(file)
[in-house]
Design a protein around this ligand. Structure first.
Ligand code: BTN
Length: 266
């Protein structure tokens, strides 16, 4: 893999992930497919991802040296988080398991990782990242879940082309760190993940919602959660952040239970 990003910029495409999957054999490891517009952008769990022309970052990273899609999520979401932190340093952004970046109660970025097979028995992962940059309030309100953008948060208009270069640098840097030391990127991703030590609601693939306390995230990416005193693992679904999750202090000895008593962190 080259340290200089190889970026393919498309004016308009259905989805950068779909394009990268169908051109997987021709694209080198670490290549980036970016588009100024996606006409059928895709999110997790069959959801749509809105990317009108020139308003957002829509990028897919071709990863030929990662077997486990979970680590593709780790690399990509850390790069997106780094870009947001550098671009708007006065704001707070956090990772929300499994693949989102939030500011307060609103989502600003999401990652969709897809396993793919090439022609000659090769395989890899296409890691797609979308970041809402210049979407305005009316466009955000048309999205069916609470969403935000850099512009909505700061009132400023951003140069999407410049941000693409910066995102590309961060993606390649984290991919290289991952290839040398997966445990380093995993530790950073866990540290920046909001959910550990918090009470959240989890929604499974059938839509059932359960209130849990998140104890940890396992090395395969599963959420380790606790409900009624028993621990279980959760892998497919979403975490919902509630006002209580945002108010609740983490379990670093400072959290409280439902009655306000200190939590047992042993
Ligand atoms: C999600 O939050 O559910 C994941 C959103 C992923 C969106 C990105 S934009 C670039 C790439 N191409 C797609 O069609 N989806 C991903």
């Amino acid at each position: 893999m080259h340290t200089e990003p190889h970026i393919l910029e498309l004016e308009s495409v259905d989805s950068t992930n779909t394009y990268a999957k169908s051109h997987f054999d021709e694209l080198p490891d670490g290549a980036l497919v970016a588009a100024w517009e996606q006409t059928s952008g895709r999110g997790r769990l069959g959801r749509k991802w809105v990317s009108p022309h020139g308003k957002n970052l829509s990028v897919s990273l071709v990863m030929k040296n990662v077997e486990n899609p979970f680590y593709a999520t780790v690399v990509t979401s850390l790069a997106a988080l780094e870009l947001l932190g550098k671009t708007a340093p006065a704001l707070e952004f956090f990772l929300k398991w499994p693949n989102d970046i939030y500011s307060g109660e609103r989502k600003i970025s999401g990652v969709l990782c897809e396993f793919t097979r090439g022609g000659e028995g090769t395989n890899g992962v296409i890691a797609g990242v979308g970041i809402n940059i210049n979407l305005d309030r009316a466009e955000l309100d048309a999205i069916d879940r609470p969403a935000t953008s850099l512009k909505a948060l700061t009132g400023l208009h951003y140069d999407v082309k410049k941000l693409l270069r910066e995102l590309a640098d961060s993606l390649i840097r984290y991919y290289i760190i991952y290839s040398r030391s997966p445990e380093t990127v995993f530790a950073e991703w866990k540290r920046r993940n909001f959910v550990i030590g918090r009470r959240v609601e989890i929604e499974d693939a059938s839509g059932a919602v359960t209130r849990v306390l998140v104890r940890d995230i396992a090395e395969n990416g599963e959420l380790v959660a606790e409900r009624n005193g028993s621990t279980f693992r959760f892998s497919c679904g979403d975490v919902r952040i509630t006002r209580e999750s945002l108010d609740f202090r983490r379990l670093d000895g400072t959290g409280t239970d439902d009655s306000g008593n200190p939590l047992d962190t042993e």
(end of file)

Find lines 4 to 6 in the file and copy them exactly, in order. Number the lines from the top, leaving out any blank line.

Length: 266
């Protein structure tokens, strides 16, 4: 893999992930497919991802040296988080398991990782990242879940082309760190993940919602959660952040239970 990003910029495409999957054999490891517009952008769990022309970052990273899609999520979401932190340093952004970046109660970025097979028995992962940059309030309100953008948060208009270069640098840097030391990127991703030590609601693939306390995230990416005193693992679904999750202090000895008593962190 080259340290200089190889970026393919498309004016308009259905989805950068779909394009990268169908051109997987021709694209080198670490290549980036970016588009100024996606006409059928895709999110997790069959959801749509809105990317009108020139308003957002829509990028897919071709990863030929990662077997486990979970680590593709780790690399990509850390790069997106780094870009947001550098671009708007006065704001707070956090990772929300499994693949989102939030500011307060609103989502600003999401990652969709897809396993793919090439022609000659090769395989890899296409890691797609979308970041809402210049979407305005009316466009955000048309999205069916609470969403935000850099512009909505700061009132400023951003140069999407410049941000693409910066995102590309961060993606390649984290991919290289991952290839040398997966445990380093995993530790950073866990540290920046909001959910550990918090009470959240989890929604499974059938839509059932359960209130849990998140104890940890396992090395395969599963959420380790606790409900009624028993621990279980959760892998497919979403975490919902509630006002209580945002108010609740983490379990670093400072959290409280439902009655306000200190939590047992042993
Ligand atoms: C999600 O939050 O559910 C994941 C959103 C992923 C969106 C990105 S934009 C670039 C790439 N191409 C797609 O069609 N989806 C991903």